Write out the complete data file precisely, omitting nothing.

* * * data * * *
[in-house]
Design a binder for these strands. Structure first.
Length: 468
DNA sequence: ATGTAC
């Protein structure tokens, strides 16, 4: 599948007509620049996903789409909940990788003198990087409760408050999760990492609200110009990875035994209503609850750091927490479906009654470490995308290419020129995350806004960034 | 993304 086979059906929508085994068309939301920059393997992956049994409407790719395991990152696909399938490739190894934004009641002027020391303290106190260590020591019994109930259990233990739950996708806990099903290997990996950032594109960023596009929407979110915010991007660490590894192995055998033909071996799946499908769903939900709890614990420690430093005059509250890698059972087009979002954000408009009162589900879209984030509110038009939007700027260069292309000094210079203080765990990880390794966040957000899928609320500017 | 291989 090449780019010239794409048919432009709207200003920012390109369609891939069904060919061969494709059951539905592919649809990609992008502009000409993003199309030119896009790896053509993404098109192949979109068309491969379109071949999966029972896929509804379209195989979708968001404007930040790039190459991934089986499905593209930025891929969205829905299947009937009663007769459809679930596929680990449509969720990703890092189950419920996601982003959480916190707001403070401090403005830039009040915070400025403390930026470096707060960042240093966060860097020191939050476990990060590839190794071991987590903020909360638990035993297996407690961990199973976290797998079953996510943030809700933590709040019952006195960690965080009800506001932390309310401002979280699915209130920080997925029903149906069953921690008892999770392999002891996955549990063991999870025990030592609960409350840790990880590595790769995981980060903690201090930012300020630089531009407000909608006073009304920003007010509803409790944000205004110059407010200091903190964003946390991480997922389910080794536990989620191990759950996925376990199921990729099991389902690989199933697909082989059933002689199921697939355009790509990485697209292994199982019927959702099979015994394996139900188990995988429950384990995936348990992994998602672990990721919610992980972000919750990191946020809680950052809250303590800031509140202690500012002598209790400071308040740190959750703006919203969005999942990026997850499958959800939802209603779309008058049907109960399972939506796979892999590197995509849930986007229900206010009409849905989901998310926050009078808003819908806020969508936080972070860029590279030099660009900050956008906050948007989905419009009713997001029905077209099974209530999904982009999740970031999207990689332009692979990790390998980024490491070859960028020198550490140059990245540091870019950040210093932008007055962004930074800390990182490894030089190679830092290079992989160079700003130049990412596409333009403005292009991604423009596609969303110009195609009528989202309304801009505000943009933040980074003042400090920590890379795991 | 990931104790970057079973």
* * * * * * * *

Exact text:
[in-house]
Design a binder for these strands. Structure first.
Length: 468
DNA sequence: ATGTAC
């Protein structure tokens, strides 16, 4: 599948007509620049996903789409909940990788003198990087409760408050999760990492609200110009990875035994209503609850750091927490479906009654470490995308290419020129995350806004960034 | 993304 086979059906929508085994068309939301920059393997992956049994409407790719395991990152696909399938490739190894934004009641002027020391303290106190260590020591019994109930259990233990739950996708806990099903290997990996950032594109960023596009929407979110915010991007660490590894192995055998033909071996799946499908769903939900709890614990420690430093005059509250890698059972087009979002954000408009009162589900879209984030509110038009939007700027260069292309000094210079203080765990990880390794966040957000899928609320500017 | 291989 090449780019010239794409048919432009709207200003920012390109369609891939069904060919061969494709059951539905592919649809990609992008502009000409993003199309030119896009790896053509993404098109192949979109068309491969379109071949999966029972896929509804379209195989979708968001404007930040790039190459991934089986499905593209930025891929969205829905299947009937009663007769459809679930596929680990449509969720990703890092189950419920996601982003959480916190707001403070401090403005830039009040915070400025403390930026470096707060960042240093966060860097020191939050476990990060590839190794071991987590903020909360638990035993297996407690961990199973976290797998079953996510943030809700933590709040019952006195960690965080009800506001932390309310401002979280699915209130920080997925029903149906069953921690008892999770392999002891996955549990063991999870025990030592609960409350840790990880590595790769995981980060903690201090930012300020630089531009407000909608006073009304920003007010509803409790944000205004110059407010200091903190964003946390991480997922389910080794536990989620191990759950996925376990199921990729099991389902690989199933697909082989059933002689199921697939355009790509990485697209292994199982019927959702099979015994394996139900188990995988429950384990995936348990992994998602672990990721919610992980972000919750990191946020809680950052809250303590800031509140202690500012002598209790400071308040740190959750703006919203969005999942990026997850499958959800939802209603779309008058049907109960399972939506796979892999590197995509849930986007229900206010009409849905989901998310926050009078808003819908806020969508936080972070860029590279030099660009900050956008906050948007989905419009009713997001029905077209099974209530999904982009999740970031999207990689332009692979990790390998980024490491070859960028020198550490140059990245540091870019950040210093932008007055962004930074800390990182490894030089190679830092290079992989160079700003130049990412596409333009403005292009991604423009596609969303110009195609009528989202309304801009505000943009933040980074003042400090920590890379795991 | 990931104790970057079973």